For children aged 5-11 there will be an art session led by local artist and former Laburnum School student Lee Dadpour. Lee will be working with the children to produce posters and banners calling for the school to stay open.
A local film-maker will be carrying out quick interviews with people on camera to produce a video, which we will send to all councillors.
There will be tea, coffee and other refreshments available.
Pick up campaign materials like postcards, posters and petitions and find out more about how you can support the campaign Save Laburnum Day. Saturday August 31st. 11.30am – 2.00pm. Haggerston Community Centre, Haggerston Road.
This information is produced by the Save Laburnum School Campaign and does not claim to represent the School itself or the School Governors.
“The Council haven’t told anyone they are looking to close the school, and this is meant to be the consultation period,” said Sharon Bender, mother of Cain Lowe, 11. “I’ve had nothing through from the Council. It’s only because I’ve read in the Gazette or the Hackney Independent or been told by the Governors. This isn’t consultation.”
While it is claimed there are surplus places in the Hoxton, Haggerston and Queensbridge area, chair of the governors at the school, Graham Myers has made it clear that the school is close to capacity:
“We have more information on the reasons the council proposes to close Laburnum. Basically, the council has worked out that Laburnum has a surplus of school places. However, according to the LEA we have a form and a half entry (one and a half classes per year group). Although we have only been single form entry (one class per year group) for some time, because when teachers left the school 1991-1992 those classes were closed down by the authority. The teachers were not replaced! So it is quite amazing that the same authority now tell us that we should actually have 330 pupils instead of our 220. Currently every class is at full capacity ie 25 or more. In fact, there is a waiting list for certain classes. Also, the fact that we have a brand new computer suite, a brand new science room, just completed, and the school office was moved down stairs into what was formally the year 2 class room. We doubt very much if we could accomodate 330 pupils.” The real reasons may be more complicated than what the council are claiming and one schoolkid hit the nail on the head when he said “Hackney Council wants to close our school and make it into posh flats!”. Laburnum School is on prime development land overlooking Regents Canal and ripe for conversion into flats for Hackney’s yuppie influx. And after all, who needs a local state primary when you could go private?
Hackney Independent is meeting with supporters of the campaign to keep Laburnum School open and will do what we can to prevent another sell-off of a much needed community asset. So soon after New Labour strengthened their hold on the Council it’s nice to see they’ve started out as they mean to go on – closing community facilities in working class areas.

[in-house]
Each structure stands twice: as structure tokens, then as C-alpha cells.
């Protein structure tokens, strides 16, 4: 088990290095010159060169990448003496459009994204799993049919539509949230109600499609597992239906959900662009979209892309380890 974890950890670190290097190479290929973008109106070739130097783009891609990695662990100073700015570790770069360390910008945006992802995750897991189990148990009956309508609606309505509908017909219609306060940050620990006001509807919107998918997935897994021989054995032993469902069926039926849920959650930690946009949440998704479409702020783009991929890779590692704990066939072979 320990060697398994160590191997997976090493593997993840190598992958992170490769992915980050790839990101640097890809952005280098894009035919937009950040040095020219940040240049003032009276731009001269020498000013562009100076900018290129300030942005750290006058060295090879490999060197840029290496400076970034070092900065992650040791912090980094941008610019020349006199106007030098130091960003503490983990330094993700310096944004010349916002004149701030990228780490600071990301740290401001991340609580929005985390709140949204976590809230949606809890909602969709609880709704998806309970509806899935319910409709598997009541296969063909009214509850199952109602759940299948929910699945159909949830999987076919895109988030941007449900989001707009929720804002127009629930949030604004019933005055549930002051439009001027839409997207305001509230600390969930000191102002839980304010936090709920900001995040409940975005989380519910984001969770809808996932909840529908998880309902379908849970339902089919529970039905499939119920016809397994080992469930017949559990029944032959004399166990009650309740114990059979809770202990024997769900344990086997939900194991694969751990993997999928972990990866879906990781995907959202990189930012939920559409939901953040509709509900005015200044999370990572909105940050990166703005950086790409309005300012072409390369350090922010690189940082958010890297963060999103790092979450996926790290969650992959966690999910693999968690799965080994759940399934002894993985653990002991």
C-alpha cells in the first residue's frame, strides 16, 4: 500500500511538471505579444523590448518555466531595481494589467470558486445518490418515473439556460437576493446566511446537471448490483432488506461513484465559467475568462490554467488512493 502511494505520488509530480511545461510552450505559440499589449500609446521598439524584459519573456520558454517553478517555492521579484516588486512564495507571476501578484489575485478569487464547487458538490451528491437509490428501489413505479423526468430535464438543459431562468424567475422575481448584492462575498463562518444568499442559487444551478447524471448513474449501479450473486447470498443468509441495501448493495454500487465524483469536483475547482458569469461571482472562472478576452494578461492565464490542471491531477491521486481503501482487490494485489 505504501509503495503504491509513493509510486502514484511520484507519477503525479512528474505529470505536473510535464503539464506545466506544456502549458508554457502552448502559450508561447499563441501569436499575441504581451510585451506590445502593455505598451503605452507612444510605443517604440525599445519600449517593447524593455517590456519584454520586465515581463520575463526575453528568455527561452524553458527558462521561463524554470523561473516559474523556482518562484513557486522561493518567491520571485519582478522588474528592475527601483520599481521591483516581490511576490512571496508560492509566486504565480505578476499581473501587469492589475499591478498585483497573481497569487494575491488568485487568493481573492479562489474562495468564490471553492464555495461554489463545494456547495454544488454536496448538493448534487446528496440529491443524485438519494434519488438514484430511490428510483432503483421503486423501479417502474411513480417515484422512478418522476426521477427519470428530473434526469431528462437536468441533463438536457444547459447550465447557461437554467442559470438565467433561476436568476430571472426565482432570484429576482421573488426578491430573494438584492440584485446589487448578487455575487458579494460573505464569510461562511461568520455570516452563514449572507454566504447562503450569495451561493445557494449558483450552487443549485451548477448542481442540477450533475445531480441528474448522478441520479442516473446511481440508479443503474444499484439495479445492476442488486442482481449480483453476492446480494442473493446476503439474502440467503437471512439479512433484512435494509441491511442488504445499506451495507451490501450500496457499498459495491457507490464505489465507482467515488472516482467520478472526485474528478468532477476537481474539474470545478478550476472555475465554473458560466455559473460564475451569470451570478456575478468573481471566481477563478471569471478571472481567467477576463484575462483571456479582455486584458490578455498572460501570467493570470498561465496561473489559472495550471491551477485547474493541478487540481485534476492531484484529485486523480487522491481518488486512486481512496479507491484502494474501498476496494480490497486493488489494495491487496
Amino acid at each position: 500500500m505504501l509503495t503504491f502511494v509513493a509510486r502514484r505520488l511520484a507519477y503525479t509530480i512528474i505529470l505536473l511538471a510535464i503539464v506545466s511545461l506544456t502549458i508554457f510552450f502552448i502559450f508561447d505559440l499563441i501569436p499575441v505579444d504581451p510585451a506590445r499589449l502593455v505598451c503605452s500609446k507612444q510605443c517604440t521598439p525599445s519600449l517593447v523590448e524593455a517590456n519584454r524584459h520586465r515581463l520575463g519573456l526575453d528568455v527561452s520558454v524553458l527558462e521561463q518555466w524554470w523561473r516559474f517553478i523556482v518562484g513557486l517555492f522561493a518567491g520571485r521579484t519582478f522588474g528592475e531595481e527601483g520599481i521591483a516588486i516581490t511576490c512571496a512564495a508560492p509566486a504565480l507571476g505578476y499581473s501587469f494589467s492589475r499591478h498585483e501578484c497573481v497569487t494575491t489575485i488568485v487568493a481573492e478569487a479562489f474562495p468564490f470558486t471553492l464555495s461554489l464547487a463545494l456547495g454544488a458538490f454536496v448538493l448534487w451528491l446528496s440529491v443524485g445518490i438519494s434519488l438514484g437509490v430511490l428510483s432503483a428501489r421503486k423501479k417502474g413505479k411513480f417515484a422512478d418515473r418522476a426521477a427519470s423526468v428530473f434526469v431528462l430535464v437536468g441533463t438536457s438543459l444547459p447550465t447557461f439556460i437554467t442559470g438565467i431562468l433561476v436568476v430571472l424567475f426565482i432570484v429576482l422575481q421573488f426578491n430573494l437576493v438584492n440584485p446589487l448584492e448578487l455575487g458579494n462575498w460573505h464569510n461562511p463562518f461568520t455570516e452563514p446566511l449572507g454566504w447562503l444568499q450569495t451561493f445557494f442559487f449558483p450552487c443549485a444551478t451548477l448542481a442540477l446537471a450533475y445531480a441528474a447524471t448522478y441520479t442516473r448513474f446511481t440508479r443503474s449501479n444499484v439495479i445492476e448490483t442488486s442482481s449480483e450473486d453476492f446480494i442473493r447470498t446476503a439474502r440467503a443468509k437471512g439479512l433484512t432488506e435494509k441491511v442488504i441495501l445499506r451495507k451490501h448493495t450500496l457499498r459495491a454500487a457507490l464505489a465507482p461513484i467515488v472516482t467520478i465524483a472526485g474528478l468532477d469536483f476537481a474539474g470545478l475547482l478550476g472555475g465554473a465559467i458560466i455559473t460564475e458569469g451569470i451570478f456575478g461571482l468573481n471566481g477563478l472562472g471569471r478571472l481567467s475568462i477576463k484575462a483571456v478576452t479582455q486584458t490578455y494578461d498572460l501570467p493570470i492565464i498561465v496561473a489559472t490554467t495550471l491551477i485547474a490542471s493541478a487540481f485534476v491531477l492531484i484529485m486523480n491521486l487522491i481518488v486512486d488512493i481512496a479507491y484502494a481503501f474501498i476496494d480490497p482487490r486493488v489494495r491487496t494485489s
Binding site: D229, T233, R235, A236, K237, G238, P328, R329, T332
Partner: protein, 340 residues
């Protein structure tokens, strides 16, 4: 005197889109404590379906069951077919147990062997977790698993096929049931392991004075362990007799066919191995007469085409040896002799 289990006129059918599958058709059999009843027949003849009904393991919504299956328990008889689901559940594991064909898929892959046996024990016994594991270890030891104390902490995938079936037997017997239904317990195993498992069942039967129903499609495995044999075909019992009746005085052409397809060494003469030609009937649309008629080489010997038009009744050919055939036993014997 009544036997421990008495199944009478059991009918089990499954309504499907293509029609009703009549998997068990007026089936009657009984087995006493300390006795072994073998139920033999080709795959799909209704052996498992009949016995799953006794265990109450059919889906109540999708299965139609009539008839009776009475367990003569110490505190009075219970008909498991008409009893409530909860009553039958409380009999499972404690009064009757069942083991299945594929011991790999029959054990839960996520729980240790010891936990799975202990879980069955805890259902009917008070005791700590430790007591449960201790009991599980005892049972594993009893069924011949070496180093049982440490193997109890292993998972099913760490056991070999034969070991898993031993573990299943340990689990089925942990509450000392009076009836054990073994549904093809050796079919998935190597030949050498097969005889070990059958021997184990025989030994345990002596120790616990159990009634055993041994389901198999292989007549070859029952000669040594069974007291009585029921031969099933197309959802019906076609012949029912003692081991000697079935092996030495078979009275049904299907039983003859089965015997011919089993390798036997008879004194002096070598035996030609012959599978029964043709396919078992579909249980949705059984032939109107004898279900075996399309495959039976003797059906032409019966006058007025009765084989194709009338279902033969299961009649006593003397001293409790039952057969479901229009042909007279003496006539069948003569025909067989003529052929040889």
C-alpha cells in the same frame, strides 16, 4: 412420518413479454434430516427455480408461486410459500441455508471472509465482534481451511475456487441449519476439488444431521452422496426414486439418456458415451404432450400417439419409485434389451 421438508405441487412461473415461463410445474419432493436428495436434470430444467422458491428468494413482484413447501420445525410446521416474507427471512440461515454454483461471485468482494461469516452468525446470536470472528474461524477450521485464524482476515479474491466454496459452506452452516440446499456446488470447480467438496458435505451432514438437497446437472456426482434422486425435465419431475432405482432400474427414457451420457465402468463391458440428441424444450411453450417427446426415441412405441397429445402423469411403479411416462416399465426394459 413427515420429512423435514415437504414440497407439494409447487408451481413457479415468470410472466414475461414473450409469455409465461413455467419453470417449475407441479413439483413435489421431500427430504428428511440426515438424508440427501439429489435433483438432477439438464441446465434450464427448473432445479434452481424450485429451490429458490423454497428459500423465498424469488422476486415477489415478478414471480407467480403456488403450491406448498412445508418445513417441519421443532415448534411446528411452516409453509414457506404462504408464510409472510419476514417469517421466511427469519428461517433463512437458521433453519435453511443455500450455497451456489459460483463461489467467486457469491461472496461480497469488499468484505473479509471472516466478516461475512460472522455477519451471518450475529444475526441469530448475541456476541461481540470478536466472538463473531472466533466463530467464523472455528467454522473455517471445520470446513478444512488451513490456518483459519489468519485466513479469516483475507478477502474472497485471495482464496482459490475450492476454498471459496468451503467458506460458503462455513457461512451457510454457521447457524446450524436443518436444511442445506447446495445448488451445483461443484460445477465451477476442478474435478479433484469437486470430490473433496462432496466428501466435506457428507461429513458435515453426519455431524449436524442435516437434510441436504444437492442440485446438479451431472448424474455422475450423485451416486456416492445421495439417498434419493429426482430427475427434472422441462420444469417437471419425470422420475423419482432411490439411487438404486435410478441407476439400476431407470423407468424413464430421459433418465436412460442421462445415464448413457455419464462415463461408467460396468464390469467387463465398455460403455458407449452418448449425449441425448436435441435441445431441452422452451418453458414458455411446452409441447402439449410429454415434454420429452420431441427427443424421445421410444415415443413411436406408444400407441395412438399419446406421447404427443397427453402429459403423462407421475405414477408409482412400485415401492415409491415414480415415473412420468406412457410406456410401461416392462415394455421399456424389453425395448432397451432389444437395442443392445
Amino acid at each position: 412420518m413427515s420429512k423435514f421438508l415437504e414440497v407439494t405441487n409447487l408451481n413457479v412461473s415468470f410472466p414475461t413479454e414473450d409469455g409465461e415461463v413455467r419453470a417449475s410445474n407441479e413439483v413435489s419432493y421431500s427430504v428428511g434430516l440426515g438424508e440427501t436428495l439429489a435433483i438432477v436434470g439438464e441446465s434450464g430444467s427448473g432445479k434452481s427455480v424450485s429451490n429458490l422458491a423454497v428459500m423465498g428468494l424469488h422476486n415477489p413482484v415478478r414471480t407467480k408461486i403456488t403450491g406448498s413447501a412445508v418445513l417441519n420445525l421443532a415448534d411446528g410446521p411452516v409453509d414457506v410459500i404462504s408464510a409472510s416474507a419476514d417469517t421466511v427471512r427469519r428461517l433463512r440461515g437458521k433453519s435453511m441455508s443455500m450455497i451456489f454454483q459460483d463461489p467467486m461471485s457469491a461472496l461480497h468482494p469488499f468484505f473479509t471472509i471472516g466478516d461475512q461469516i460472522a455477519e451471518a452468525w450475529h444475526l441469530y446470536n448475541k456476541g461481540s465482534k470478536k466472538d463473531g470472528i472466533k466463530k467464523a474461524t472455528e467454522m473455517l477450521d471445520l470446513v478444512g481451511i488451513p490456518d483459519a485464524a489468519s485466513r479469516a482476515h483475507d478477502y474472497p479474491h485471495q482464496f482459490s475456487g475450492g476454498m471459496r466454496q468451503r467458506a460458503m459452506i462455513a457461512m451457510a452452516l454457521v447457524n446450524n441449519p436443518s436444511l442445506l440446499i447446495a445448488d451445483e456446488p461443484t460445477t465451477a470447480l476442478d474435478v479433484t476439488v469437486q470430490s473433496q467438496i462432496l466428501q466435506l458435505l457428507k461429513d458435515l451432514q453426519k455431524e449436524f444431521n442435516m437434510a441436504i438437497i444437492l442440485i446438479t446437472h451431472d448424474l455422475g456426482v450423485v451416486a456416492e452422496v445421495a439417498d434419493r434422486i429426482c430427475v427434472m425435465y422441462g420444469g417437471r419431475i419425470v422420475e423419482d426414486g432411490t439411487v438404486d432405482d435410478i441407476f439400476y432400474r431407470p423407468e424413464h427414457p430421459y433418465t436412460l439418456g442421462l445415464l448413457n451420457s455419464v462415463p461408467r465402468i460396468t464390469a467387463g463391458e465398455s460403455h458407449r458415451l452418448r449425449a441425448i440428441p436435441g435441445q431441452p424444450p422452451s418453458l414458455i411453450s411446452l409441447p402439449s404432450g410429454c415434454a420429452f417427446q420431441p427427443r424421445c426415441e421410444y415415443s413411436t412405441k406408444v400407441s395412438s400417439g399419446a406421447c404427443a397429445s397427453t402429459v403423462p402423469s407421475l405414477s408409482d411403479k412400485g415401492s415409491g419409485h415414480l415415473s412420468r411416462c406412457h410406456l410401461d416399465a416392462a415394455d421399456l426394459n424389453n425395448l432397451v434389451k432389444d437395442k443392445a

Are there more places than kids in this part of Hackney? “We don’t think that they have done their sums right.”
A “consultation” process will start in mid-June. Parents’ views will apparently be considered by the Learning Trust, which takes over Hackney Education on August 1st. If Hackney Council consultation is a joke, then what will it be like for the unaccountable Learning Trust?
Speaking at the meeting for Hackney Independent, Peter Sutton pledged our support for the fight to keep Laburnum School open and proposed that a parents’ committee should be set up to act as an independent voice for parents. This was agreed by the meeting and the Hackney Independent has been invited to attend to support the campaign.
Burbage Primary School in Hoxton has won a reprieve after facing closure. In early April, Hackney Council u-turned on their plan to close the school which has been on “special measures” for two years and is reportedly two thirds full.
Campaigners greeted the news with delight, but there could still be trouble ahead. Councillor Phillip Pearson of the Lib Dems warned that the decision to keep the school open was “politically motivated” and “the school will be kept open until after the election and then hit with closure”. Is this the same party who have the closure of the Angel school lined up in Islington ? Another example of Lib Dems saying one thing here in Hackney where they are in opposition, and another in Islington where they have control of the council.
The closure of local facilities and the sell-off of public assets is just part of a bigger picture of social cleansing in East London and especially Shoreditch. While campaigners for the school should be congratulated on their success in winning a stay of execution, we await the council’s long-term plans with interest.